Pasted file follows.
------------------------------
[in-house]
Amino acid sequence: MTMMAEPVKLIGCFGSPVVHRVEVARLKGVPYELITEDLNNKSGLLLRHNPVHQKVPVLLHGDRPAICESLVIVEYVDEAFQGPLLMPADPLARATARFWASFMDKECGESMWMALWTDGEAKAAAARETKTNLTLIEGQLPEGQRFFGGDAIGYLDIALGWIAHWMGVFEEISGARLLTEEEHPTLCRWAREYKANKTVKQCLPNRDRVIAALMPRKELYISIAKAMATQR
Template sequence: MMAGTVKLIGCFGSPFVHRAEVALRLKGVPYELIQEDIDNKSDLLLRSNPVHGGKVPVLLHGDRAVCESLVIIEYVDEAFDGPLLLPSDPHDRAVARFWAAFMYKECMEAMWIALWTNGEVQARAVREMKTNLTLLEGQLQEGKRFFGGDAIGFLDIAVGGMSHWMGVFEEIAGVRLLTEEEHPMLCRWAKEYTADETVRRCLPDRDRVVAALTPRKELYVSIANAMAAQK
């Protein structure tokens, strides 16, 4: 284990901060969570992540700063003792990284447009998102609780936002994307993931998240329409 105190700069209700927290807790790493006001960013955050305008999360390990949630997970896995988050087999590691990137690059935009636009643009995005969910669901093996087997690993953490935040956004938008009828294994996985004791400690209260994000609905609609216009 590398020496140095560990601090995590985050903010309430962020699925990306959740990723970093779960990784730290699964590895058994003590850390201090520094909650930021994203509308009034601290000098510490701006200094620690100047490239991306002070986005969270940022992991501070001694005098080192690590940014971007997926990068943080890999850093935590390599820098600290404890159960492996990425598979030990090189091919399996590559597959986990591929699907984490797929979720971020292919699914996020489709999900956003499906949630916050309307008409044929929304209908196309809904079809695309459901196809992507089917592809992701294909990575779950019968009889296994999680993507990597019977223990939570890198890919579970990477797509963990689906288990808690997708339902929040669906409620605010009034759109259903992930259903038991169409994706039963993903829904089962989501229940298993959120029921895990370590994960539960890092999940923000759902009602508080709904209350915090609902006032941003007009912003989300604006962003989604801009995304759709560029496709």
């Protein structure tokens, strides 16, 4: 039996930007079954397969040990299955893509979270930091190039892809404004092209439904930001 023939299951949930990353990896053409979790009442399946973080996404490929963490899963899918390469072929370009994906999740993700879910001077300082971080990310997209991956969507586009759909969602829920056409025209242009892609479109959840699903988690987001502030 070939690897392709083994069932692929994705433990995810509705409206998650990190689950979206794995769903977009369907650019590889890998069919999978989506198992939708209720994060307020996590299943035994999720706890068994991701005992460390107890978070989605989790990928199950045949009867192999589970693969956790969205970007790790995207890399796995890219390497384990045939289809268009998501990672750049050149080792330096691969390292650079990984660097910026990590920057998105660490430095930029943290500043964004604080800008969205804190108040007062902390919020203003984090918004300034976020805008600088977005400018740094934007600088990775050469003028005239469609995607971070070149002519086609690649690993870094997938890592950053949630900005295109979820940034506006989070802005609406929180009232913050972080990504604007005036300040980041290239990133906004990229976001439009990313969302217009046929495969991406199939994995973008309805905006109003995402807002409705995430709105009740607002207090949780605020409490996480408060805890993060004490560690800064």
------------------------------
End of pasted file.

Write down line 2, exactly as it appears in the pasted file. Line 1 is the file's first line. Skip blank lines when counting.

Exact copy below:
Amino acid sequence: MTMMAEPVKLIGCFGSPVVHRVEVARLKGVPYELITEDLNNKSGLLLRHNPVHQKVPVLLHGDRPAICESLVIVEYVDEAFQGPLLMPADPLARATARFWASFMDKECGESMWMALWTDGEAKAAAARETKTNLTLIEGQLPEGQRFFGGDAIGYLDIALGWIAHWMGVFEEISGARLLTEEEHPTLCRWAREYKANKTVKQCLPNRDRVIAALMPRKELYISIAKAMATQR